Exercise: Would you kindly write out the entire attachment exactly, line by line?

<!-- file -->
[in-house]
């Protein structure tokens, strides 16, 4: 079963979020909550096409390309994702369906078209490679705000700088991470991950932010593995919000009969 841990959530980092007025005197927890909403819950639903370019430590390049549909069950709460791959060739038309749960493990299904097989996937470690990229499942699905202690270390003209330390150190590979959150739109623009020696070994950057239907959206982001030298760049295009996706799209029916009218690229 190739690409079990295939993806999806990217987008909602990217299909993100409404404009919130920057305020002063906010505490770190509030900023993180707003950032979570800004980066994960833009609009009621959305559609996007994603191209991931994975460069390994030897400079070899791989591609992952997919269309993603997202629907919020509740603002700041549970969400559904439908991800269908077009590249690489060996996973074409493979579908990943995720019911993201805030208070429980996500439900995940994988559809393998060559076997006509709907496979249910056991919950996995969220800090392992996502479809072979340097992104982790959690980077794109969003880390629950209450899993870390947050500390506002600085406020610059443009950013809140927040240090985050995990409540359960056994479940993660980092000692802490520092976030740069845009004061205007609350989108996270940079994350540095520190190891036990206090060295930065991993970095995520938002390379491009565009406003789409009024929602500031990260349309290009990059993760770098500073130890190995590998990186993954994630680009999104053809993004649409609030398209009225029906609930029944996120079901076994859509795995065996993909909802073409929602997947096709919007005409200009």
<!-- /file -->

[in-house]
């Protein structure tokens, strides 16, 4: 079963979020909550096409390309994702369906078209490679705000700088991470991950932010593995919000009969 841990959530980092007025005197927890909403819950639903370019430590390049549909069950709460791959060739038309749960493990299904097989996937470690990229499942699905202690270390003209330390150190590979959150739109623009020696070994950057239907959206982001030298760049295009996706799209029916009218690229 190739690409079990295939993806999806990217987008909602990217299909993100409404404009919130920057305020002063906010505490770190509030900023993180707003950032979570800004980066994960833009609009009621959305559609996007994603191209991931994975460069390994030897400079070899791989591609992952997919269309993603997202629907919020509740603002700041549970969400559904439908991800269908077009590249690489060996996973074409493979579908990943995720019911993201805030208070429980996500439900995940994988559809393998060559076997006509709907496979249910056991919950996995969220800090392992996502479809072979340097992104982790959690980077794109969003880390629950209450899993870390947050500390506002600085406020610059443009950013809140927040240090985050995990409540359960056994479940993660980092000692802490520092976030740069845009004061205007609350989108996270940079994350540095520190190891036990206090060295930065991993970095995520938002390379491009565009406003789409009024929602500031990260349309290009990059993760770098500073130890190995590998990186993954994630680009999104053809993004649409609030398209009225029906609930029944996120079901076994859509795995065996993909909802073409929602997947096709919007005409200009």